A single 320mm brake disc and radial-mount Brembo caliper perform just as well as the Aprilias double front brake set-up.
The Duke 690s exhaust delivers a much more subdued sound when compared to the Dorsoduro 750. Although instrumentation is functional as well as legible it isnt as refined as the Aprilias.

Grab an upshift and you’re right back in the game. Like the Aprilia, the KTM uses a six-speed transmission, but the one in the 690 takes performance further, offering an Adler Power Torque Clutch (APTC), which not only eliminates rear wheel chatter during aggressive downshifts, but reduces the effort required to operate the clutch. And it works great—especially on the track.

We were also surprised with just how spot-on the 690 Duke’s final drive gearing is both on the street and the track. True, first gear is on the tall side, but it doesn’t compromise the ease of launching from a dead stop. The next four gears are spaced well to help ensure that you’re always right in the meat of the engine’s power. Yet, in top gear at 60 mph, the KTM is just a tick under 4000 revs.

Unfortunately, as speed increases, so does vibration. In the city you won’t really think too much of it, but when cruising down the freeway it’s pretty hard not to get annoyed by how buzzy the cockpit is. Yet we can’t help but admire just how nimble the bike performs on the freeway. Its slim dimensions and powerful engine allow you to zip in and out of traffic with about as much thought as you’d have aboard a 1000cc Superbike.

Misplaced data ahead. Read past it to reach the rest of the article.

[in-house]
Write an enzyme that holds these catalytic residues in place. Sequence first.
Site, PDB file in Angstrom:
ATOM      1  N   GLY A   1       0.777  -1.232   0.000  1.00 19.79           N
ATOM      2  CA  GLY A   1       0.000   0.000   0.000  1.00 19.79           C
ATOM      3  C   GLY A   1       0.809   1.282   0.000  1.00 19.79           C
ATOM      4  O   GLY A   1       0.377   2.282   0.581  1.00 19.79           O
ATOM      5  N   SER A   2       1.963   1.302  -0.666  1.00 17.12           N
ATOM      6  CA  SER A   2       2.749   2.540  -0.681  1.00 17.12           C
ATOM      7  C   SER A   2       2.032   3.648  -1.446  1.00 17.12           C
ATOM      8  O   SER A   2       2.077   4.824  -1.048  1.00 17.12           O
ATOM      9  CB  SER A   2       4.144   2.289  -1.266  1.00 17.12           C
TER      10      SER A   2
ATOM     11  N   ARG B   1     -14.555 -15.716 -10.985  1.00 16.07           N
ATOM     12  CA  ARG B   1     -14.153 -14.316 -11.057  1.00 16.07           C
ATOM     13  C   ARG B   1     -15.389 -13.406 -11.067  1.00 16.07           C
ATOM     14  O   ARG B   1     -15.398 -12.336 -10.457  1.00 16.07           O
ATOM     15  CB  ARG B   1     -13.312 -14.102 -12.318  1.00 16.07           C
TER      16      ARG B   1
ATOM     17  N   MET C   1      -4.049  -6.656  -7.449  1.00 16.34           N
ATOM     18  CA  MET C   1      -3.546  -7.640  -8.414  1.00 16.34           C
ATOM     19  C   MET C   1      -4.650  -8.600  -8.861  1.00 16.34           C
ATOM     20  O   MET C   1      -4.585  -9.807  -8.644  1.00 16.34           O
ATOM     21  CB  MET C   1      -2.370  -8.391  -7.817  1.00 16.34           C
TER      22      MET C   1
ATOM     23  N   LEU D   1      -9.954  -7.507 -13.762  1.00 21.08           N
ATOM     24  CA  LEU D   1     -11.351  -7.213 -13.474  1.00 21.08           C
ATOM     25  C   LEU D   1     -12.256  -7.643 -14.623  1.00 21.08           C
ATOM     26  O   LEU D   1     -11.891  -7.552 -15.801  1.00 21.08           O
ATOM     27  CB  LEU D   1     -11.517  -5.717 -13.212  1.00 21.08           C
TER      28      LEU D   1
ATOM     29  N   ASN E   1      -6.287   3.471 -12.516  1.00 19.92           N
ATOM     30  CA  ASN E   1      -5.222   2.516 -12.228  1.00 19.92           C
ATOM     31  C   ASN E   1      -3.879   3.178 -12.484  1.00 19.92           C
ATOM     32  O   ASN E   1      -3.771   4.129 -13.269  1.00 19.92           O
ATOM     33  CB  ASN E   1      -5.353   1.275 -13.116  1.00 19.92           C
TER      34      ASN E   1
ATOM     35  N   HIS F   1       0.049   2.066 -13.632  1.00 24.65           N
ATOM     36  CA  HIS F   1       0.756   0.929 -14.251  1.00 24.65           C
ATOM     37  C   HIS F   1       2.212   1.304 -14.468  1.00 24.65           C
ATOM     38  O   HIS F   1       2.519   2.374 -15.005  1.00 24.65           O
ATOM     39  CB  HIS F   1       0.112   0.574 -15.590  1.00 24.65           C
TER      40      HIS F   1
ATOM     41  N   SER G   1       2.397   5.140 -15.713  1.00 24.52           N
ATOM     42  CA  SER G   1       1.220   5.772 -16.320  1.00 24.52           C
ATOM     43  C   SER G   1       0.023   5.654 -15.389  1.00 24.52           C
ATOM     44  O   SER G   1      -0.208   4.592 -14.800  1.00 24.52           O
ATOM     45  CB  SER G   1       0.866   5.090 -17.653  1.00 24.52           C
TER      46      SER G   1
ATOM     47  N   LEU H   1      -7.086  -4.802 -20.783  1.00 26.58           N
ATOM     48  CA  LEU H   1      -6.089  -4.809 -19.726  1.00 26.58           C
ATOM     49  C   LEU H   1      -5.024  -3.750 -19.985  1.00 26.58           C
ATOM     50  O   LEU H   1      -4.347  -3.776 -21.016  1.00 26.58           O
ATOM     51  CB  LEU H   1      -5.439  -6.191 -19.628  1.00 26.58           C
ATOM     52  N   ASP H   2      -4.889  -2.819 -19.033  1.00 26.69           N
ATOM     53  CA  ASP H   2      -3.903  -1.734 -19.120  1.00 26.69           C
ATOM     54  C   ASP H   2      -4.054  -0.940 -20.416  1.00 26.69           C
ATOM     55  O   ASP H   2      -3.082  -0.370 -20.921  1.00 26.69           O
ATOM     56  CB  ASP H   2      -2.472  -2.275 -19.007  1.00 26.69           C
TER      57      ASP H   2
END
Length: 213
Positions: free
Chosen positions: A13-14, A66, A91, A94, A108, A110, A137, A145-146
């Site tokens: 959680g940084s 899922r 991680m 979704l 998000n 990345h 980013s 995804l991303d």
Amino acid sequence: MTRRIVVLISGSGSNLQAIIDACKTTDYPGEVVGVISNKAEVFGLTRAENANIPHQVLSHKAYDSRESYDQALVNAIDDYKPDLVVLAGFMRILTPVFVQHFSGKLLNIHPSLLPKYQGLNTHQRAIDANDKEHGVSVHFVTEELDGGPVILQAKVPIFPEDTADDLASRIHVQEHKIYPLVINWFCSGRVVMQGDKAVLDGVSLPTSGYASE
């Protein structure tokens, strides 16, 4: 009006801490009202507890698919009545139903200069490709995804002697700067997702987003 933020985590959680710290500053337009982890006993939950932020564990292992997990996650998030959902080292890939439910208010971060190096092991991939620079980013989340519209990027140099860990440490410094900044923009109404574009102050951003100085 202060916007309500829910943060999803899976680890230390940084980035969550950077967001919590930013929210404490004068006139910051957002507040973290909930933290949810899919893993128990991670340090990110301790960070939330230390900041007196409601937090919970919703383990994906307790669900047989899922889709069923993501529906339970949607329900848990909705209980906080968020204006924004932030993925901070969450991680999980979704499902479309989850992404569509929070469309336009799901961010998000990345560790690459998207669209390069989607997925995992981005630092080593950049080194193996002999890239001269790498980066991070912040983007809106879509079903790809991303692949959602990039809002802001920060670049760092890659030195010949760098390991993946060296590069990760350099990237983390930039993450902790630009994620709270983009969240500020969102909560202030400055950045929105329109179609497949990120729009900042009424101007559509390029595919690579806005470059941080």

But racking up miles down the freeway isn’t what this bike is about. It’s about shredding pavement on the tightest backroad you can find, and this is where the Duke is in its element. Hustling it back and forth through tight switchbacks is virtually effortless. And slamming the bike from side to side doesn’t do a thing to compromise its composure.

Another clear beneficial feature of its chassis is the WP suspension components. Up front, the fork offers both compression and rebound adjustability, however, there isn’t any spring preload adjustment. Conversely, the shock offers all necessary adjustments, including spring preload, separate high/low-speed compression and rebound damping. Good thing is, not only does the suspension offer a wide range of adjustment, but the clickers actually work and the chassis as a whole is responsive to individual changes.

On a side note, one of the problems we encountered during aggressive street rides was how slippery the seat is, which has you sliding to the front whenever you’re hard on the brakes and then sliding back to the tail section when on the gas—highly annoying to say the least.

Even at the racetrack the 690 Duke offers plenty of ground clearance.
Even at racetrack speeds, the 690 Duke offers plenty of ground clearance.

Despite how low the footpegs are mounted, the KTM has loads of ground clearance. In fact, even around Grange we’d rarely ever drag hard parts. Traction from the OE Dunlop Sportmax Alpha-10 tires was also first-rate. The tires feel similar to the Qualifier and only differ in the fact that the carcass feels just a bit softer. It’s also worth noting how fast the tires wear out. We logged about 600 miles on the street with one track day and the tires have less than 50% rubber left.